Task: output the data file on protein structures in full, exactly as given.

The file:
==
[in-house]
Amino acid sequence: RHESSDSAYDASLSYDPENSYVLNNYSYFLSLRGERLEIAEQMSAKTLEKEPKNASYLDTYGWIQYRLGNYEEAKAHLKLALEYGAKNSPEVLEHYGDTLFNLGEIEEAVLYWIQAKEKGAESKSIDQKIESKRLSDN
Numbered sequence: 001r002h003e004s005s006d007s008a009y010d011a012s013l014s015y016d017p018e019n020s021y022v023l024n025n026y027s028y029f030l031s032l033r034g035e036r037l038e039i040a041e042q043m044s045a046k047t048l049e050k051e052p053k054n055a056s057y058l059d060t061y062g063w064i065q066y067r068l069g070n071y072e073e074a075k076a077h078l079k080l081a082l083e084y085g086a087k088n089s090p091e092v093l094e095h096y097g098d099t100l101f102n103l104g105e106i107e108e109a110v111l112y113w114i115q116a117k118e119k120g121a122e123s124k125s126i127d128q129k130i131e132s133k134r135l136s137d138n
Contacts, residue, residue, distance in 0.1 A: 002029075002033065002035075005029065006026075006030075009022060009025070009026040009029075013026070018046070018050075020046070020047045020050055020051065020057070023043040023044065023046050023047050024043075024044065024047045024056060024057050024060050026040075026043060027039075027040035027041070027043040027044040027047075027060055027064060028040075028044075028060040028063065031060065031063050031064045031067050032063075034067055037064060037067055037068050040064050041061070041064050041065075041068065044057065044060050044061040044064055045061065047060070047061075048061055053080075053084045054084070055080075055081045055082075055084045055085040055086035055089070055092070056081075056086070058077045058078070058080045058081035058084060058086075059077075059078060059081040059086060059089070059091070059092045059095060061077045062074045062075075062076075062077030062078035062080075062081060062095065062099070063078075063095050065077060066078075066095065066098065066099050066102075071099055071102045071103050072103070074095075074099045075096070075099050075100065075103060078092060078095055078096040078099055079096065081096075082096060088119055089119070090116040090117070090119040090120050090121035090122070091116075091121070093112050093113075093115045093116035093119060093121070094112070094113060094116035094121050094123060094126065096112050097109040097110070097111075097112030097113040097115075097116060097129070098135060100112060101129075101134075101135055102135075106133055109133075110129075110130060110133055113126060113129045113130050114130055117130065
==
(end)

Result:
[in-house]
Amino acid sequence: RHESSDSAYDASLSYDPENSYVLNNYSYFLSLRGERLEIAEQMSAKTLEKEPKNASYLDTYGWIQYRLGNYEEAKAHLKLALEYGAKNSPEVLEHYGDTLFNLGEIEEAVLYWIQAKEKGAESKSIDQKIESKRLSDN
Numbered sequence: 001r002h003e004s005s006d007s008a009y010d011a012s013l014s015y016d017p018e019n020s021y022v023l024n025n026y027s028y029f030l031s032l033r034g035e036r037l038e039i040a041e042q043m044s045a046k047t048l049e050k051e052p053k054n055a056s057y058l059d060t061y062g063w064i065q066y067r068l069g070n071y072e073e074a075k076a077h078l079k080l081a082l083e084y085g086a087k088n089s090p091e092v093l094e095h096y097g098d099t100l101f102n103l104g105e106i107e108e109a110v111l112y113w114i115q116a117k118e119k120g121a122e123s124k125s126i127d128q129k130i131e132s133k134r135l136s137d138n
Contacts, residue, residue, distance in 0.1 A: 002029075002033065002035075005029065006026075006030075009022060009025070009026040009029075013026070018046070018050075020046070020047045020050055020051065020057070023043040023044065023046050023047050024043075024044065024047045024056060024057050024060050026040075026043060027039075027040035027041070027043040027044040027047075027060055027064060028040075028044075028060040028063065031060065031063050031064045031067050032063075034067055037064060037067055037068050040064050041061070041064050041065075041068065044057065044060050044061040044064055045061065047060070047061075048061055053080075053084045054084070055080075055081045055082075055084045055085040055086035055089070055092070056081075056086070058077045058078070058080045058081035058084060058086075059077075059078060059081040059086060059089070059091070059092045059095060061077045062074045062075075062076075062077030062078035062080075062081060062095065062099070063078075063095050065077060066078075066095065066098065066099050066102075071099055071102045071103050072103070074095075074099045075096070075099050075100065075103060078092060078095055078096040078099055079096065081096075082096060088119055089119070090116040090117070090119040090120050090121035090122070091116075091121070093112050093113075093115045093116035093119060093121070094112070094113060094116035094121050094123060094126065096112050097109040097110070097111075097112030097113040097115075097116060097129070098135060100112060101129075101134075101135055102135075106133055109133075110129075110130060110133055113126060113129045113130050114130055117130065